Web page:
What to do when you know you’re panicking
The key thing to rememberВ is that a panic attack can’t hurt you. Contrary to what some of the above symptoms may suggest, you’re likelyВ not suffering aВ heart attack or obstructed airway.
There’s also zeroВ chance you’veВ “overdosed”В on weed. Remind yourself that this condition is not lasting but temporary. In due course, it will all be over.В
The experienceВ “usually doesn’tВ lastВ that long,” Vandrey said,В perhaps “half hour or an hour, dependingВ on how the cannabisВ was ingested вЂ”В shorter if inhaled, longer if eaten.”В В
“It all depends on the individual,” he said.В “None of it is applicable to everybody.” В
Take stock of your situation and surroundings
For many, weed-based anxiety involves a hefty dose of paranoia about other people. Because marijuana is a drug enjoyed in social settings, getting too stoned can lead to suspicions that your own friends resent you, or that you’re somehow “ruining” their good time.
“Research has shown that individual responses to a given drug can absolutely be influenced by the situation in which it occurs,” Vandrey said. “If somebody takes a drug that produces anxiety in uncomfortable surroundings, they may heighten their anxiety.В Cannabis is a perfect example.”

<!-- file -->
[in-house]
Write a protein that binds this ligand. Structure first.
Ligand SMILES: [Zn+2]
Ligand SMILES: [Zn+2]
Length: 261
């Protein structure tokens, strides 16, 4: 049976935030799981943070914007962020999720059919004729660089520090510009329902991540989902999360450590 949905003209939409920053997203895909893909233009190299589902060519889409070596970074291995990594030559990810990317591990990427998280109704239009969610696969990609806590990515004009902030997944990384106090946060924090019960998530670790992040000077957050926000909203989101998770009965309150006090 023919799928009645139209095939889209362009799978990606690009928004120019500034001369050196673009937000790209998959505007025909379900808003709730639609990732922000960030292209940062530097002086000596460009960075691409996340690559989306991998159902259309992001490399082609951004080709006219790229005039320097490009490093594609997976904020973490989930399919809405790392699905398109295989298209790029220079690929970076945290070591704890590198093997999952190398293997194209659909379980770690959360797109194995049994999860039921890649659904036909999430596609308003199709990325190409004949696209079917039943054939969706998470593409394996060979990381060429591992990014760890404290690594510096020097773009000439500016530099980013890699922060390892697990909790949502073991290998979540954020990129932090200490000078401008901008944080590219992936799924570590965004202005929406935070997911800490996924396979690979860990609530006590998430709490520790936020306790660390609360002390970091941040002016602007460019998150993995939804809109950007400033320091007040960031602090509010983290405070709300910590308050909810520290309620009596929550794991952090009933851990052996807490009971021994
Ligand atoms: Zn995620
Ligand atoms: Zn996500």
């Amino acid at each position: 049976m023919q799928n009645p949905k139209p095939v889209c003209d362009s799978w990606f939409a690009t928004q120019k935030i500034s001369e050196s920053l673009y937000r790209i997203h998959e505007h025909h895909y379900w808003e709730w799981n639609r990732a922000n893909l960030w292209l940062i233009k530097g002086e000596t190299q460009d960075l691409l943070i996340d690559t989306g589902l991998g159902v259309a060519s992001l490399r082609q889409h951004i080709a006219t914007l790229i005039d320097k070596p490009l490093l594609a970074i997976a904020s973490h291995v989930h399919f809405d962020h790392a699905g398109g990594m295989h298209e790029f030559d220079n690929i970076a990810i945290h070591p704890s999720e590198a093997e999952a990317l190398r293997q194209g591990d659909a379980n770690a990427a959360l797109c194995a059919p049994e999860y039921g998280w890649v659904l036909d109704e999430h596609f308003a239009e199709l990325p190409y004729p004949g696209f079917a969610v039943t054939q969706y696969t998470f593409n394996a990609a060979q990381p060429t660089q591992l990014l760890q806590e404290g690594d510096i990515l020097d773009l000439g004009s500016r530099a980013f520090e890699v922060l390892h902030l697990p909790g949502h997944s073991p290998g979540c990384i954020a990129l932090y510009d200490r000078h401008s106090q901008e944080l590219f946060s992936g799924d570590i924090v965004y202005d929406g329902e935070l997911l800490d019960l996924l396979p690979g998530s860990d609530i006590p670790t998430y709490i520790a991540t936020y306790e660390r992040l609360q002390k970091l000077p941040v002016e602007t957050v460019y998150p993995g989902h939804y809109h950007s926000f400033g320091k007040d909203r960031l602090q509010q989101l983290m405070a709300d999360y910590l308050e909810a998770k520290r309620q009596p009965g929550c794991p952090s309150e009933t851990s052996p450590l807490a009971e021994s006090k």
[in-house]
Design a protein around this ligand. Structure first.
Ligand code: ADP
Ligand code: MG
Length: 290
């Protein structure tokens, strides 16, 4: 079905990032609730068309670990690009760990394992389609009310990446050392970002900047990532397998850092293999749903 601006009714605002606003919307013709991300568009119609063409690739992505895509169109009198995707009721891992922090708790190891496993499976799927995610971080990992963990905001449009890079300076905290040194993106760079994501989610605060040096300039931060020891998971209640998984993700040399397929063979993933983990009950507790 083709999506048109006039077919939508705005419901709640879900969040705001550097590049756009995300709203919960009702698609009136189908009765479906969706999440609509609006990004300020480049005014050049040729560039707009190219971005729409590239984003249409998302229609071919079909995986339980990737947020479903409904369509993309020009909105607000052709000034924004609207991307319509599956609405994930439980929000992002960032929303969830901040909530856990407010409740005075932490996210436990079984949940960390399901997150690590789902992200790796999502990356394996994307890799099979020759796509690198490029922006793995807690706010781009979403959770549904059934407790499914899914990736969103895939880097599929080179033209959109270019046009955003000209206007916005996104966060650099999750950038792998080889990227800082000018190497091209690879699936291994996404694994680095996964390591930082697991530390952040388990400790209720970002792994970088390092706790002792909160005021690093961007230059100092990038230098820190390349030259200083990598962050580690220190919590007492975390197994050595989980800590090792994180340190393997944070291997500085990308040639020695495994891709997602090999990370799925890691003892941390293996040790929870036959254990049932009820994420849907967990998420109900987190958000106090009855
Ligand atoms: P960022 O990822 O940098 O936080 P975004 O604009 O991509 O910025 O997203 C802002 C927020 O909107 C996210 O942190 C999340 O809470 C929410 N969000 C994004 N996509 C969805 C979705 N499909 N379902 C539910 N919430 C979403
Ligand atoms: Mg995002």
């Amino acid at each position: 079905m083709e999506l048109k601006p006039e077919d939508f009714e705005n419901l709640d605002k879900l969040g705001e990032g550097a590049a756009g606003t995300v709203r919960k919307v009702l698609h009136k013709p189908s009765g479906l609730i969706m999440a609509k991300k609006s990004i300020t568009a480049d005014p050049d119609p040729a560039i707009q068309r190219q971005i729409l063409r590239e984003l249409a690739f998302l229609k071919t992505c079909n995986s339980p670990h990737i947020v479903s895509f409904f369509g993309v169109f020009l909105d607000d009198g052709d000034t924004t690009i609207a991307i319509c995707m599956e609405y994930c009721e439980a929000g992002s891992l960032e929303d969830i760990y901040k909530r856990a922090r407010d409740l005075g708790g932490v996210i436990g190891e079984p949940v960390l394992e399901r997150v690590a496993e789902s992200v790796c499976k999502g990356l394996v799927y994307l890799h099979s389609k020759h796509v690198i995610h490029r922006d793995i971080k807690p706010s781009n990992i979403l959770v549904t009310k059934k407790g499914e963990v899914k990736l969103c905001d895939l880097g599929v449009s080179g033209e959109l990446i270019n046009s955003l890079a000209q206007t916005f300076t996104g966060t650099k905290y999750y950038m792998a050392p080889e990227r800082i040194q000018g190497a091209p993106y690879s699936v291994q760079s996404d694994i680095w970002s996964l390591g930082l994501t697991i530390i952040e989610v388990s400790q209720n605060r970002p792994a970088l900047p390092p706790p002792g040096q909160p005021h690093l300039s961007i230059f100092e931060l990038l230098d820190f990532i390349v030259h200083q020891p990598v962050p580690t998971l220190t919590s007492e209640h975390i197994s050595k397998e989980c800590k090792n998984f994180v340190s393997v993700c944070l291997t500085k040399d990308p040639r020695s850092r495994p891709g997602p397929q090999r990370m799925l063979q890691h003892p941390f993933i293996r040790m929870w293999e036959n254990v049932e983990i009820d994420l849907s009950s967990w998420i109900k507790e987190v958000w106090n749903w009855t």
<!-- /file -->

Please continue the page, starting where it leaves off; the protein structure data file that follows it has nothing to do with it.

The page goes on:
If environmental factors are contributing to your fear or stress, removing yourself from that context can help.
Ask for help
Resist the idea that anyone hates you for obscure reasons of your own invention. The truth is that anyoneВ not in the throes ofВ panicВ can assure you that your symptoms are exaggerated, impermanentВ and not life-threatening, which is a huge advantage when your mind is playing tricks on you.
A companion is also handy to haveВ when it comes to limiting environmental stressors, and canВ address any simple and immediate needs.
“ThereвЂ™s no one way to treat this,” Vandrey said. “When it does happen in our lab we respond to the needs of the individual. We encourage people to get comfortable and provide them with whatever they need вЂ” whetherВ that’sВ food, or water, or sometimes just to close their eyes, lie down and relax.”